With his 'Phrygians cap' also called ?bonnet rouge' or the ?cap of liberty'; his blue-white-red striped long-trousers, his carmagnole (short-skirted coat) and his sabots (wooden shoes) characterized the Parisian sans-culotte who was one of the most famous, symbolic active figures of the French Revolution. Throughout the revolution, especially during the short but significant period of the Terror (1793-1794), the Parisian sans-culotte took part in the movement of the sans-culotterie played and played a major role in the radicalization and the acceleration of the revolution. In fact, The Parisian sans-culotte appeared during the revolution as the main opponent of the monarchy and overall of the aristocracy. The name sans-culotte originally used by aristocrats as a ridicule name, in order to describe the revolutionaries who did not wear knee breeches like the upper class but long trousers, quickly became a "mark of pride". For the Parisian sans-culotte, his name and at the same time his costume were the symbols of the revolutionary struggle against privileges and a way to erect barriers between them and the fortunate aristocracy class.
[...] This presentation, will deal with the political organisation of the movement, the ideas and social aspirations of the sans- culottes. The principle of Equality was really the framework of the sans-culottes' social aspirations. Indeed, the Parisian sans-culotte got an egalitarian conception of social relationships and it is because of this vision based on Equality that the sans-culottes were opposed to the aristocracy and their privileges. It is really this wish for Equality which put together the sans-culottes and formed the movement of the sans-culotterie. [...]
[...] Indeed, as Soboul described in his book: The Parisian Sans-Culottes and the French Revolution 1793-4, the political personnel of the Parisian sans-culotterie was divided between, the comités civils, the comités révolutionnaire and a third category of ordinary militants. Moreover, the Parisian sans-culotte was also a member of one of the numerous Parisian sections. Indeed, in 1789 the city of Paris had been divided into sixty districts in order to organise the elections of the Estate General. After the elections the districts were used regularly by the sans-culottes to organise political meetings (the regularity of the meetings and the independence of the sections were both main demands of the sans-culottes). [...]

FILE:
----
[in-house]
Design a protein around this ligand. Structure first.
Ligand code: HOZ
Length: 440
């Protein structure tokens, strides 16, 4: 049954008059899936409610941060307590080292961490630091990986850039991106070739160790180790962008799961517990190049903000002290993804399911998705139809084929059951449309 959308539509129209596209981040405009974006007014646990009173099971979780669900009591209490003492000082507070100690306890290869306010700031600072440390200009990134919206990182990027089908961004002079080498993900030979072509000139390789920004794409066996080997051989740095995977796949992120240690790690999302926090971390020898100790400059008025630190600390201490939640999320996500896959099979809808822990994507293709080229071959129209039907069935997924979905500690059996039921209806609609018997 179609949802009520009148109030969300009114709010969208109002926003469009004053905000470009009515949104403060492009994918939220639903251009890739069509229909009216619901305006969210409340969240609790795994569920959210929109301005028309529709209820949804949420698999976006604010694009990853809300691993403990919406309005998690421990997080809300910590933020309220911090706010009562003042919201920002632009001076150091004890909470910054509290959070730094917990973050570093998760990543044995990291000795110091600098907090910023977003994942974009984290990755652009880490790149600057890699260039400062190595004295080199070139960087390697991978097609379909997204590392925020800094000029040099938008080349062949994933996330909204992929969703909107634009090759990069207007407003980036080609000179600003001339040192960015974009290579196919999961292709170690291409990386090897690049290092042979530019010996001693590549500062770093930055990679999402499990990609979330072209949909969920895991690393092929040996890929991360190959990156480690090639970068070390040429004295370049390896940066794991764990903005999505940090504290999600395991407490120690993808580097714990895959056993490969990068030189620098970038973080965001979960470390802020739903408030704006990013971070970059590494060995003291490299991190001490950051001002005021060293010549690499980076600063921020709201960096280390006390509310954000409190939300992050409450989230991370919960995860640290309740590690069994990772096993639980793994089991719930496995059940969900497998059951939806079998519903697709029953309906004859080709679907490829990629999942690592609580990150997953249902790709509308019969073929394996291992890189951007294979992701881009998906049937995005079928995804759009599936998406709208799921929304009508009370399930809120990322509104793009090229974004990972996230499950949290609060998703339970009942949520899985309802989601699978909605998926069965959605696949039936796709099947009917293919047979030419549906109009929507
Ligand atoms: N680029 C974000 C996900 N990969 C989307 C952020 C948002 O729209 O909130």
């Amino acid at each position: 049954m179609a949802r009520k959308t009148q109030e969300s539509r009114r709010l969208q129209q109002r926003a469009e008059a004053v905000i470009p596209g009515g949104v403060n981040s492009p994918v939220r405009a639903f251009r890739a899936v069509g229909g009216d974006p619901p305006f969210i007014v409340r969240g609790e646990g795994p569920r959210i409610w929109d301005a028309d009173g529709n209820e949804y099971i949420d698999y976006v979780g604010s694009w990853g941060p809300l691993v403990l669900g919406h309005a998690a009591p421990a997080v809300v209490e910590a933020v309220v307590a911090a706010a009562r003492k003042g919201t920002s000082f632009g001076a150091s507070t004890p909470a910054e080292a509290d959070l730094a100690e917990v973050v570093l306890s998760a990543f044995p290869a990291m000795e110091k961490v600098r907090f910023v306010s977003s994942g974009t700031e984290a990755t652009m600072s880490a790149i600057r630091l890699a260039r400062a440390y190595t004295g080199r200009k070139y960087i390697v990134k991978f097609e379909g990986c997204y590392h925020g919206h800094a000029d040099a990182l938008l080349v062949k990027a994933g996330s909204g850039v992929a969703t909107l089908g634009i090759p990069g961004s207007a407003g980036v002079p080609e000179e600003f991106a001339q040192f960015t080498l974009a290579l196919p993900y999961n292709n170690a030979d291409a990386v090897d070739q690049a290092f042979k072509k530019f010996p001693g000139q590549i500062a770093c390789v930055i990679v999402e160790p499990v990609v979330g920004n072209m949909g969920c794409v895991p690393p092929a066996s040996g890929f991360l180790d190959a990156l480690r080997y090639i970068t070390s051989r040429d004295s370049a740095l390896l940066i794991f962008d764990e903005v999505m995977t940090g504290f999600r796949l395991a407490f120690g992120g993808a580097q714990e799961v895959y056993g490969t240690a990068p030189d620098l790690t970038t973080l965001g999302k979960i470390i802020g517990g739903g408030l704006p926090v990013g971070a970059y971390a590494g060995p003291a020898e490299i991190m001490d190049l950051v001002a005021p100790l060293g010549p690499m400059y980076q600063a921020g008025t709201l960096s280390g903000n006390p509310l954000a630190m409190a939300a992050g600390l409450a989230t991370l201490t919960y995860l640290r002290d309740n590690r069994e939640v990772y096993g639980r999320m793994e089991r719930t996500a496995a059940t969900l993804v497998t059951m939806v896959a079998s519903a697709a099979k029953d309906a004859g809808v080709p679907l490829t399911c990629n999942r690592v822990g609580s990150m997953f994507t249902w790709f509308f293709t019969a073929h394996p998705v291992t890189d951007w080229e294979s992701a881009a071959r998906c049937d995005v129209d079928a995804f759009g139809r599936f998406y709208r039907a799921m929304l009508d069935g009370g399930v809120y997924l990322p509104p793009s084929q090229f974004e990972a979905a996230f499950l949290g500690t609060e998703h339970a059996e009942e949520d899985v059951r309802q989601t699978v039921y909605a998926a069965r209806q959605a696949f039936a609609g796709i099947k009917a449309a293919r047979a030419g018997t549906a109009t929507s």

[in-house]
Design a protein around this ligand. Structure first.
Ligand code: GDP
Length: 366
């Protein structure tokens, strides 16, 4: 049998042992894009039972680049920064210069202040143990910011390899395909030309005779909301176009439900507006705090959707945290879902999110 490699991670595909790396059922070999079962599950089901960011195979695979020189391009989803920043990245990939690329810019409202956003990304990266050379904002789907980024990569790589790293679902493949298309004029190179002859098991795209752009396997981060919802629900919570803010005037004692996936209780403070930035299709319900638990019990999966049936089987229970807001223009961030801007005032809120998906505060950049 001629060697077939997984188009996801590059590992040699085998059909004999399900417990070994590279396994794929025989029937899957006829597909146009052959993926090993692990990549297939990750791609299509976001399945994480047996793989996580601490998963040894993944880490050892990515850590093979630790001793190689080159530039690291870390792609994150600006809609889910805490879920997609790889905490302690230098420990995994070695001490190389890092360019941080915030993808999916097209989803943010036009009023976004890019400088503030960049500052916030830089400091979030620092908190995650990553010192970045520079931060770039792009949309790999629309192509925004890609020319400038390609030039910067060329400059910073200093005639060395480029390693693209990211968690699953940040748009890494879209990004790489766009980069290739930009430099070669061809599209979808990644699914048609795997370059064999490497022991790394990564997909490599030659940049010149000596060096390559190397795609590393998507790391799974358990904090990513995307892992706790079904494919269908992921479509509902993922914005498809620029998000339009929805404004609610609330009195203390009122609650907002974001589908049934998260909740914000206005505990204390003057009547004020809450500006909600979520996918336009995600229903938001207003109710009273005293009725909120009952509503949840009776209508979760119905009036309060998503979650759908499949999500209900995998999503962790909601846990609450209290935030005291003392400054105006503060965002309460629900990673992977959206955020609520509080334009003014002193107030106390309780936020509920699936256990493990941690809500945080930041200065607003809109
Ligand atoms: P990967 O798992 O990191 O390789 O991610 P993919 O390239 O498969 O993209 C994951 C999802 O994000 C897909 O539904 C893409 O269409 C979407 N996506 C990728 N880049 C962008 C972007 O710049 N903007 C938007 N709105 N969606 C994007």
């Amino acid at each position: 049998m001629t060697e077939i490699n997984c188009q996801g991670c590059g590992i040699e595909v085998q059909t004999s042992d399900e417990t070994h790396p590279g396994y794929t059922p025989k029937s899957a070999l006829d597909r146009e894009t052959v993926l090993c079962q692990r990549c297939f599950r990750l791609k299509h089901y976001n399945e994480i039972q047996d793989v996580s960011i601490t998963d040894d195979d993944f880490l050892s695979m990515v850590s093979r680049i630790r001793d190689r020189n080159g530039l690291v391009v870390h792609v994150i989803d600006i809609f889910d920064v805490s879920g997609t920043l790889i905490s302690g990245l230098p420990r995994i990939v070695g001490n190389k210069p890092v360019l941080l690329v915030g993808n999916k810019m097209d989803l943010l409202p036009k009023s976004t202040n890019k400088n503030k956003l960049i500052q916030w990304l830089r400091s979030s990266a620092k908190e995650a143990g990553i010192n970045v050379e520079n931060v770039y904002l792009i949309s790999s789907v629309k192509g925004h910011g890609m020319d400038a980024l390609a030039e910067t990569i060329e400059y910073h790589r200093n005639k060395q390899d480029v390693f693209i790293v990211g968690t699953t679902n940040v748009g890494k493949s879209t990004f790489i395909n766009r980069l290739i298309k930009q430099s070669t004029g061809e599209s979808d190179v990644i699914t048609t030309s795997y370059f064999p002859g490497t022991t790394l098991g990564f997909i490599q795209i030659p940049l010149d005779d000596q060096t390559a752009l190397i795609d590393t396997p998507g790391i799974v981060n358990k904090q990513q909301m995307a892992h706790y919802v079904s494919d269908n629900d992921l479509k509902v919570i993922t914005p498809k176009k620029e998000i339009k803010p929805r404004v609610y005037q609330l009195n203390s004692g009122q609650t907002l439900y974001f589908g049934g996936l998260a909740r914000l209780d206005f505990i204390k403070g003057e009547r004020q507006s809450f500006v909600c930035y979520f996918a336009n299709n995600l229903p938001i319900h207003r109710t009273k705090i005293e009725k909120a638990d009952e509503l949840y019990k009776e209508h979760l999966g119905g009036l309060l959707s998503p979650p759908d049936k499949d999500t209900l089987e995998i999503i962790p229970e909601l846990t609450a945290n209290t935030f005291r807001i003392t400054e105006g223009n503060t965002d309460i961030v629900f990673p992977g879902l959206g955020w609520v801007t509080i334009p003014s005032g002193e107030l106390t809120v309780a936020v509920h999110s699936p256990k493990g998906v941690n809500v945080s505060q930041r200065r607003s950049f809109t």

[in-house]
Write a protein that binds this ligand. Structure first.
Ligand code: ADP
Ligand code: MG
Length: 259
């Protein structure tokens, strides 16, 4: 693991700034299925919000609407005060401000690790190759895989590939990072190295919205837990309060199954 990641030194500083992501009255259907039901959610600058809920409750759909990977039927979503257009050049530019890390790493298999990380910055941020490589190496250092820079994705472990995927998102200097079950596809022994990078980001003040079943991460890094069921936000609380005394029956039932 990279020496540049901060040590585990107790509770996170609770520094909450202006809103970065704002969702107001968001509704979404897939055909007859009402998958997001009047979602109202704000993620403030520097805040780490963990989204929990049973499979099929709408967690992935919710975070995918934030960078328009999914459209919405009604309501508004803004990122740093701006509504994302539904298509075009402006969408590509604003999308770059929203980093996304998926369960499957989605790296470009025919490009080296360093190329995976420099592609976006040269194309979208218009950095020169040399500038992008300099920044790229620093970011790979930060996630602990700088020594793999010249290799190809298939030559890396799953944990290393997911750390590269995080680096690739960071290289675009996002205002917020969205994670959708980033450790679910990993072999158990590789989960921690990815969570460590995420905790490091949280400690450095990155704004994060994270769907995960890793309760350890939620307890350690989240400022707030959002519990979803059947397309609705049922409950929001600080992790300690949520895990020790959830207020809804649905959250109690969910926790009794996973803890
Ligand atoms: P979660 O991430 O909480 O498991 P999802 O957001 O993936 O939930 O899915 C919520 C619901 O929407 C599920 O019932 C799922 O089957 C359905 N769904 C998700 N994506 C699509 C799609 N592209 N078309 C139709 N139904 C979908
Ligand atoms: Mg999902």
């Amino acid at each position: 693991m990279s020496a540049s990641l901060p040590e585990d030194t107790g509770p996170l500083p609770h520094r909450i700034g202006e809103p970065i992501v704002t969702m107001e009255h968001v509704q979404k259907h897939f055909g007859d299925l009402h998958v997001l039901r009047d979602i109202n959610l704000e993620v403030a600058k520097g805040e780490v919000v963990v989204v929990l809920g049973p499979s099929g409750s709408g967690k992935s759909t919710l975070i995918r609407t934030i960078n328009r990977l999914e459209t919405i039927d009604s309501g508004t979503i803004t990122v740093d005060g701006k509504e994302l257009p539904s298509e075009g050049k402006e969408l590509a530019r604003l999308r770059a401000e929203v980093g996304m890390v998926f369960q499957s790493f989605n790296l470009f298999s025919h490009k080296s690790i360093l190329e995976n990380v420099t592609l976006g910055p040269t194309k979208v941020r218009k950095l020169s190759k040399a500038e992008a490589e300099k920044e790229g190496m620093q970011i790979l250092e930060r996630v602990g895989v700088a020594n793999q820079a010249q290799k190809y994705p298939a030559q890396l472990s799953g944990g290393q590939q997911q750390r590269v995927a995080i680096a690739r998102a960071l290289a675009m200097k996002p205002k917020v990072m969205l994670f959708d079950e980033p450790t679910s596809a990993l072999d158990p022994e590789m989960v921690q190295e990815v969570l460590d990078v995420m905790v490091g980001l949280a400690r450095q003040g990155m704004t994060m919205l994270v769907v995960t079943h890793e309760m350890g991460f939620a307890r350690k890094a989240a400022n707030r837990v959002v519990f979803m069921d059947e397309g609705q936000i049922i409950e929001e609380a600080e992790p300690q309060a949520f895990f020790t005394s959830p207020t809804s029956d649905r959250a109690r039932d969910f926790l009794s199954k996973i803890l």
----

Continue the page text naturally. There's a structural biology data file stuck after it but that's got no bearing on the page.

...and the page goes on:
[...] But, as Soboul says the influence of the sans-culotterie was not really efficient because of internal difficulties and burning debates. In fact, internal tensions were one of the main reasons which can explain the failure of the sans-culotterie. Indeed, as we said at the beginning of our study, the sans-culottes did not form a social class and their social aspirations were also sometimes “confused and contradictory”1. Nevertheless, the Parisian sans-culotte took place inside a well- organised and coherent political movement. [...]
[...] First of all, the sans-culotte uses the tutoiement that is to say the utilisation of the inside a conversation and not the usual and respectful Indeed, the word was clearly associated to the idea of inequality and to the former principles of the Ancien Regime. Futhermore, beyond the tutoiement, the word Monsieur was also abolished of the sans-culotterie's vocabulary in favour of the term citizen, which appeared as a mark of respect and honour. These linguistic particularities were very popular and had a great echo during the first years of the Revolution. [...]
[...] Despite everything, the Parisian sans-culotte thanks to his diversity, his political aspiration and social wish is a very interesting character, who has developed the interest of many historians. Many studies have been made on the sans-culottes with the result that the Parisian sans-culotte was not a single revolutionary man but really one element of a more general and global group: the sans-culotterie which is in accordance with the principle of fraternization. Bibliography Edited Books Soboul Albert The Parisian Sans-Culottes and the French Revolution 1793-4, (Oxford University Press 1964) Cobb Ricahrd The French [...]
using our reader.